Most participants in the low SES group had either lost their jobs, had their salaries cut, or their livelihood strategies were no longer viable during lockdown. As such, they struggled to buy food, and experienced extreme food-insecurity. Lack of access to food was a source of tension, arguments and conflict amongst the low SES group. Our data highlighted how despite many men losing income or earning less during the lockdown, there remained a significant gendered expectation that men should continue to provide economically for their families, while women had to use whatever resources they were given to take care of the household and prepare food. Some men, who did not have money felt challenged and responded in ways that were described as emotionally abusive when they were asked to provide.

Mpumi lived with her husband whose source of income was a mini-bus (a common form of public transport) he used to transport children to school. However, with schools closed during the hard lockdown, he could not transport children. Mpumi described how the lack of money and not being able to buy food, led to arguments in the home. She felt that her husband was shifting responsibility to provide, and that she was the only one trying to ‘make a plan’ for them to have food:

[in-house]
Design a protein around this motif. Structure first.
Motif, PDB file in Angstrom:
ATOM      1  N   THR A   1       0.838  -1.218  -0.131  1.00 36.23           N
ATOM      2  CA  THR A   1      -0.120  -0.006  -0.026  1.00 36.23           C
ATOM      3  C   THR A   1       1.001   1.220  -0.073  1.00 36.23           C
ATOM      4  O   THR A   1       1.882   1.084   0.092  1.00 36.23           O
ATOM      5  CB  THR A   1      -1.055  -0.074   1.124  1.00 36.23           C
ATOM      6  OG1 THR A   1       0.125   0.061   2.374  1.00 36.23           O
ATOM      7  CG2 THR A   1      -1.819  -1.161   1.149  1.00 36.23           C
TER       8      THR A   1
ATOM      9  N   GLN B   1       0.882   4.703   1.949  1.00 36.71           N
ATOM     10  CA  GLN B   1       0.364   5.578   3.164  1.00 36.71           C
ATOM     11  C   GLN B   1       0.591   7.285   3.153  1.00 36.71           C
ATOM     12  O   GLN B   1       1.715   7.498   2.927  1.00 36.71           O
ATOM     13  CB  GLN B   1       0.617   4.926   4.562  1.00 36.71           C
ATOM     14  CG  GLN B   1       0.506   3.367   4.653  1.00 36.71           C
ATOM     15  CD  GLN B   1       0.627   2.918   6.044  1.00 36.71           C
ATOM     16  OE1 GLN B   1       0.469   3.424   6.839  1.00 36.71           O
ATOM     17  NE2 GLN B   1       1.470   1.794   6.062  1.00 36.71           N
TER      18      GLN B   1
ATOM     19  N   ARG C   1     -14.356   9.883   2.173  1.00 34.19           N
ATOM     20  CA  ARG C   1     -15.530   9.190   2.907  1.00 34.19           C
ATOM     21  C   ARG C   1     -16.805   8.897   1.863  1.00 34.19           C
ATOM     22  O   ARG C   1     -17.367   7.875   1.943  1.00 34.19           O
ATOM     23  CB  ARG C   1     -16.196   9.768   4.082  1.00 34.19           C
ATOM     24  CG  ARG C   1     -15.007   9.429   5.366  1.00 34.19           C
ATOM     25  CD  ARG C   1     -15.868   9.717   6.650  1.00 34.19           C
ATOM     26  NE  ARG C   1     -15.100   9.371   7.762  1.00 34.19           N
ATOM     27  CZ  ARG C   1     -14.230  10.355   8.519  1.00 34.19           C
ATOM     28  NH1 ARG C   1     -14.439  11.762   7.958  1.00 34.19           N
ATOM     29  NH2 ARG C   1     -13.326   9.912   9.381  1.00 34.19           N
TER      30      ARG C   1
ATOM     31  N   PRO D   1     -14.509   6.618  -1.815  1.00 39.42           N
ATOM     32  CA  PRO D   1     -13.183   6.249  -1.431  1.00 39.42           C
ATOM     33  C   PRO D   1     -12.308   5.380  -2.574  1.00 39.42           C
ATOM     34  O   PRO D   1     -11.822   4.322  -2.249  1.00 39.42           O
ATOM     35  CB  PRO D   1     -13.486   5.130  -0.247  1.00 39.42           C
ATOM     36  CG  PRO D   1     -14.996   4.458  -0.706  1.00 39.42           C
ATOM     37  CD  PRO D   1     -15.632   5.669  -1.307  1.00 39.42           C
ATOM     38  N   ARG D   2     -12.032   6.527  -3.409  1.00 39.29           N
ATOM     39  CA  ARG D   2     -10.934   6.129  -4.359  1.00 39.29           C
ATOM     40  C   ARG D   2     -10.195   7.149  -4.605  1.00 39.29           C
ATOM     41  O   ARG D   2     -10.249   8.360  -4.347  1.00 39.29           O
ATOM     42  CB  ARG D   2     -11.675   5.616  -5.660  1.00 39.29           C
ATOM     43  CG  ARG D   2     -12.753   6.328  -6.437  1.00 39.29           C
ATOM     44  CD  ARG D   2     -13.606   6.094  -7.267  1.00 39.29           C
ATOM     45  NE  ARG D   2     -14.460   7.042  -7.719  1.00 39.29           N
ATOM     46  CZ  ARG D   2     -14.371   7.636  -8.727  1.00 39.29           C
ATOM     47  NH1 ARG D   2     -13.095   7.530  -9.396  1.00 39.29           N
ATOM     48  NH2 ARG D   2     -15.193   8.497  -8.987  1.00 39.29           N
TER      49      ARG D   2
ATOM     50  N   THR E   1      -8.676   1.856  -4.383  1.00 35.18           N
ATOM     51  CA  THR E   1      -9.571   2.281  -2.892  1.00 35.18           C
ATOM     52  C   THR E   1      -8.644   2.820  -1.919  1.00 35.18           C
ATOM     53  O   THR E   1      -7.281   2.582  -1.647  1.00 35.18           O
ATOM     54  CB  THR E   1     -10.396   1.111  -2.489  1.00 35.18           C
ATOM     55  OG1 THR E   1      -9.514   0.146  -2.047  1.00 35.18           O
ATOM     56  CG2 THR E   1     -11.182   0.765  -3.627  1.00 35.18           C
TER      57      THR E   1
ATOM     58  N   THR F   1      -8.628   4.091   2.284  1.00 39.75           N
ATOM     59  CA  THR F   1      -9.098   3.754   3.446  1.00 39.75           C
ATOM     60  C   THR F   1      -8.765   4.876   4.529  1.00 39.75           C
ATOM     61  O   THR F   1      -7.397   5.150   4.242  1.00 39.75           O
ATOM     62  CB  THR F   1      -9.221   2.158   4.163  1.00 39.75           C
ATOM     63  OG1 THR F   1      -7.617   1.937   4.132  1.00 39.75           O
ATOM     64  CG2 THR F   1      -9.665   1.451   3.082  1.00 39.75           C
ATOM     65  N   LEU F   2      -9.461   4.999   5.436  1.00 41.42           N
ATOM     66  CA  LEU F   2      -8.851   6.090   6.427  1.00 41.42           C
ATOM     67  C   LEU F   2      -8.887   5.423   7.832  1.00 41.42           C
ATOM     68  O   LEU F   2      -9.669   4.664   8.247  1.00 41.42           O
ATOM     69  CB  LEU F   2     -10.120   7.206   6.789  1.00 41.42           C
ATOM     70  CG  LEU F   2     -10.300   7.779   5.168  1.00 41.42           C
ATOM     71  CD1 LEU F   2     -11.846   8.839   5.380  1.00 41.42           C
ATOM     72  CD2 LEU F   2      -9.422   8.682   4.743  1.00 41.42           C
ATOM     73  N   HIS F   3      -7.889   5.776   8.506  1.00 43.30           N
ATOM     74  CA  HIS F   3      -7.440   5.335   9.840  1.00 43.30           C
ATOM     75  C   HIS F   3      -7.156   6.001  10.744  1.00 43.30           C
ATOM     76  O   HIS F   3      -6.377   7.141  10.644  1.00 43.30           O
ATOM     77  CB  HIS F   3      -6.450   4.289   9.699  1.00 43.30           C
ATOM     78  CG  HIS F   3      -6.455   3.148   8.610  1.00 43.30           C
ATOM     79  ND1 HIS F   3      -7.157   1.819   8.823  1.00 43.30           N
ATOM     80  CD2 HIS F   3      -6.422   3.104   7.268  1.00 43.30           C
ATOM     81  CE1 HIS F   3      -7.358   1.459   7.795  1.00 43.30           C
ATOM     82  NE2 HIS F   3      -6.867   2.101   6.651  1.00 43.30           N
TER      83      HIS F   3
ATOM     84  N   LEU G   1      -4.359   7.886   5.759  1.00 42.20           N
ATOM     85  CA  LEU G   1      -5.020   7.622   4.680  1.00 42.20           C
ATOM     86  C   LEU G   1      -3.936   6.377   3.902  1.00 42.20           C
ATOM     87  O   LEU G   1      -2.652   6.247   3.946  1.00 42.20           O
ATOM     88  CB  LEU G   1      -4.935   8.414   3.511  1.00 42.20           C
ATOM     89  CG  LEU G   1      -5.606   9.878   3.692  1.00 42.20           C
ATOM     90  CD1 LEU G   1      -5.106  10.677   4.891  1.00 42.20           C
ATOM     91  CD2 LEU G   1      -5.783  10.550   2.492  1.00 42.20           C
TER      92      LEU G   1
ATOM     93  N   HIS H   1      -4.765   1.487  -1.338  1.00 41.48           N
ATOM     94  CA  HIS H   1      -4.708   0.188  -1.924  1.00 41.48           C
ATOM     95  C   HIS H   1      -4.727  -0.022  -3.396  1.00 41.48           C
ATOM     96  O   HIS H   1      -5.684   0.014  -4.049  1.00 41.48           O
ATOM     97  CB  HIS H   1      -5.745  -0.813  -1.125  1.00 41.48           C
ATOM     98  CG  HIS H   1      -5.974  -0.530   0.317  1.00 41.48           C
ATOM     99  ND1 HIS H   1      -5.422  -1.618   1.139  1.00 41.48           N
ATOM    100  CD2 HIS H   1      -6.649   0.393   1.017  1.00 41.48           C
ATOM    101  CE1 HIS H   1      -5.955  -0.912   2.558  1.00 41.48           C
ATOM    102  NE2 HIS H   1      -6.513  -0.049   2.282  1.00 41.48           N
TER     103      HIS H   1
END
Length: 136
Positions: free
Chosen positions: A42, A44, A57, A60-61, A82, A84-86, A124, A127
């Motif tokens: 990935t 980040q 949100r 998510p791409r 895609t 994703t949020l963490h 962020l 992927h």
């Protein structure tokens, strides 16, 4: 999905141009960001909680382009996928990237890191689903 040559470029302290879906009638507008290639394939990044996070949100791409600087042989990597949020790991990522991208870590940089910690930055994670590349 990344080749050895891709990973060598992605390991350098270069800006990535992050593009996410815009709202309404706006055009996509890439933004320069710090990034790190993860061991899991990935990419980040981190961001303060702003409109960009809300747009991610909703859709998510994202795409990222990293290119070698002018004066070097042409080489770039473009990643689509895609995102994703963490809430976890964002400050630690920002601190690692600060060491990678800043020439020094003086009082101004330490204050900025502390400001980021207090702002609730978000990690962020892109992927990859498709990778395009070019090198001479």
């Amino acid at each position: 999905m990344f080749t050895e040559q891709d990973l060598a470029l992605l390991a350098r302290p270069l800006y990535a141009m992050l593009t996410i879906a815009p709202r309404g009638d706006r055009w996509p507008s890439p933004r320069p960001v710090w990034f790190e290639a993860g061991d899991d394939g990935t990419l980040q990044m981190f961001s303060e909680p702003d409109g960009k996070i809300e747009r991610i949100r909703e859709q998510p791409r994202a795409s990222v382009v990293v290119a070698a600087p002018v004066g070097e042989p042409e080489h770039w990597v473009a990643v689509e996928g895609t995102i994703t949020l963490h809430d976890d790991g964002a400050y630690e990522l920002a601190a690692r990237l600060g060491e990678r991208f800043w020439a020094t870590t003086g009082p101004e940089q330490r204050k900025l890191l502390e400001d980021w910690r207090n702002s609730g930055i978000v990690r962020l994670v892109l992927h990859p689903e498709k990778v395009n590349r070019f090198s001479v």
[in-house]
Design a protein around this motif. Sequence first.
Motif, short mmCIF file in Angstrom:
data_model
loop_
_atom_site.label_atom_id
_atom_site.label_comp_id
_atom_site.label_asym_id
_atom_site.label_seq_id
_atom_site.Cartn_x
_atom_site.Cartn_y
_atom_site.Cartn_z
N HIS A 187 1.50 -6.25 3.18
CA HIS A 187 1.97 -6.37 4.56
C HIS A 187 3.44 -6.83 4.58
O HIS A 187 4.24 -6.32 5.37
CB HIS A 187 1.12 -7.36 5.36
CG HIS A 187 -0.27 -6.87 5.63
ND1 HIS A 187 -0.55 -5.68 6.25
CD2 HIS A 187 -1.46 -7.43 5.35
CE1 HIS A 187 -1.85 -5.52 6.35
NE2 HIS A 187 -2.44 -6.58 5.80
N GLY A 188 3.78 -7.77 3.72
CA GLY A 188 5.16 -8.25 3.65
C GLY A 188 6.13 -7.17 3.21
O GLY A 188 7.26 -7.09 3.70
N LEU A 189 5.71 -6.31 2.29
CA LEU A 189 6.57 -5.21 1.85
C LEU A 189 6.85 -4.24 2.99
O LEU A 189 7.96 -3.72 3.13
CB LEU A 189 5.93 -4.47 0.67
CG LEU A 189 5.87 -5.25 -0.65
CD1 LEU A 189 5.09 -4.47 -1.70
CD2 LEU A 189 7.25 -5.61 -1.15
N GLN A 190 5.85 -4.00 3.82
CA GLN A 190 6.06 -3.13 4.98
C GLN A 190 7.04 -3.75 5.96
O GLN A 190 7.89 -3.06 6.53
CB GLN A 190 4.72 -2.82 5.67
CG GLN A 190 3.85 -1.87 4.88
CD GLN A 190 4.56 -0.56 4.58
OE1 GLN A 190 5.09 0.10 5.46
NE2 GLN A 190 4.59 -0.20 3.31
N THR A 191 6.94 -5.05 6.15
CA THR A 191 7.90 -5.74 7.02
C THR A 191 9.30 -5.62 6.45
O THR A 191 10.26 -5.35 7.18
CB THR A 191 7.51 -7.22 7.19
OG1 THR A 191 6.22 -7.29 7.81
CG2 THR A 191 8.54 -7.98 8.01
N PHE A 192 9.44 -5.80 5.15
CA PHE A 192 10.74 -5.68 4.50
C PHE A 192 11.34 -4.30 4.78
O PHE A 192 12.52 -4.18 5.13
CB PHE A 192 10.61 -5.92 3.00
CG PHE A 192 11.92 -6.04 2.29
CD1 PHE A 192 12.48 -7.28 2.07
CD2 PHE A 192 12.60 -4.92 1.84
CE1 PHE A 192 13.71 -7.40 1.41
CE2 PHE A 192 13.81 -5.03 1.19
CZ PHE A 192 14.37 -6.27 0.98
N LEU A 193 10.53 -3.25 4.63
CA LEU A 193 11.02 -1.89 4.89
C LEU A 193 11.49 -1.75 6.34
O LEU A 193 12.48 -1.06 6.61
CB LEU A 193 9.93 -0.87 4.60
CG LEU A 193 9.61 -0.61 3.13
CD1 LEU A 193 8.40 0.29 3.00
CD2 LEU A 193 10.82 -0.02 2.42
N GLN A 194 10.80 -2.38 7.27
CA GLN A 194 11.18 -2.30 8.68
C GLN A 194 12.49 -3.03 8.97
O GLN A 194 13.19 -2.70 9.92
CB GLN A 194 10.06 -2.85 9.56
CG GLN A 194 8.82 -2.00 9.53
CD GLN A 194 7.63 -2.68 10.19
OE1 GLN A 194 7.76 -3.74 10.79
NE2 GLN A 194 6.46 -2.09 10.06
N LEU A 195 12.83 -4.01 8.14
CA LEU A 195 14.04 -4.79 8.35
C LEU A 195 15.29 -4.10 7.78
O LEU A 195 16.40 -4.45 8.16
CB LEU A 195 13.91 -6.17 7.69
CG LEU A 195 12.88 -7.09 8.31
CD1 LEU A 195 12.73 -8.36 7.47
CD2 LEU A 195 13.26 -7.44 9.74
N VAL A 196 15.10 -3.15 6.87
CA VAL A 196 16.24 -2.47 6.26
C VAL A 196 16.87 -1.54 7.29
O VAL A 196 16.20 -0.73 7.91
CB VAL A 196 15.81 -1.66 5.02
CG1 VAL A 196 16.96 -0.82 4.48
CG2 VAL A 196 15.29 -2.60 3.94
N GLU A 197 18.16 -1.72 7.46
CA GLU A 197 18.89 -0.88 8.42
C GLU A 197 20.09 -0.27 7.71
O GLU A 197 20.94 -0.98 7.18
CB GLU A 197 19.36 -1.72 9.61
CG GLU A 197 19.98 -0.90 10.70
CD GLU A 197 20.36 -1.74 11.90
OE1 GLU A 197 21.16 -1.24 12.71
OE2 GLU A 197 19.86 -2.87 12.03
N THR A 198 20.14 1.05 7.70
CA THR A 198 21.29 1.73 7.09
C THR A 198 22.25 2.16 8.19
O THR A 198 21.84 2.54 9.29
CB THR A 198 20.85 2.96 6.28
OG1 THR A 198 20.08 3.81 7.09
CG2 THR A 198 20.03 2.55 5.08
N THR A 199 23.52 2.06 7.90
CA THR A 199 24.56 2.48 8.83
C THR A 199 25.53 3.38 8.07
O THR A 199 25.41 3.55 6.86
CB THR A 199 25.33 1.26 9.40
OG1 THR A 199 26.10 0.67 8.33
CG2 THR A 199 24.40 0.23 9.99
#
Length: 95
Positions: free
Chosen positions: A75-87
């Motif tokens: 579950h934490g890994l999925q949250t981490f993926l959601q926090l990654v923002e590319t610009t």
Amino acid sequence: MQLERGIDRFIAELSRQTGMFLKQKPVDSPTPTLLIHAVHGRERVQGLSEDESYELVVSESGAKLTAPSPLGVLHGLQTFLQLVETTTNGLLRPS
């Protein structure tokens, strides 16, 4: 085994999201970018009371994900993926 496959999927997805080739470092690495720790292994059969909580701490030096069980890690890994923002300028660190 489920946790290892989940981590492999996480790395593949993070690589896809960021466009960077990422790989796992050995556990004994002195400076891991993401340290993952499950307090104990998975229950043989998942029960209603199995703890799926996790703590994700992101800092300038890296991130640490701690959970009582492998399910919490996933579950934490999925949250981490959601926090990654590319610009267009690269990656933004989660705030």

“It was not a nice fight because we said things that we can never take back and it’s painful…uhm… My husband is a quiet person. When we do not have food, I am the one who has to see and make a plan. I told him that day that he needs to make a plan. He just stood and shouted that I do not understand…where do I think he gets the money and all that… Nothing happened we were arguing, I was very upset and crying because I felt he is being irresponsible and not taking care of us as he should and he was not understanding what I meant.” (Mpumi, woman, low SES).

Thabo, who lived with his unemployed spouse, received half his salary during the hard lockdown period as he worked three, instead of six days a week. He described the negative impact of the salary-cut in the family, feeling blamed and pressurised by his spouse to continue to provide even when he was unable:

“Like I said, I am working in a food store, my wife does not work. Sometimes when I get home I find that there is no food. Sometimes she would blame me and pressurise me. We end up having a misunderstanding and fighting. She would say “you are the father you should make a plan” Sometimes we used to fight physically and break things in the house, and sometimes verbally I was unstable when it comes to providing food, that is where the problem was and we ended up fighting. It was a situation where there was nothing in the house, then it was where we were fighting because she was pressurizing me to make a plan.” (Thabo, man, low SES).

Precious’ husband stayed at home for four months, and was paid 40% of his salary, a situation that he struggled to accept. Precious described how her husband did not want to talk about anything related to the salary-cut, and whenever she raised the issue of food with him, he would become aggressive: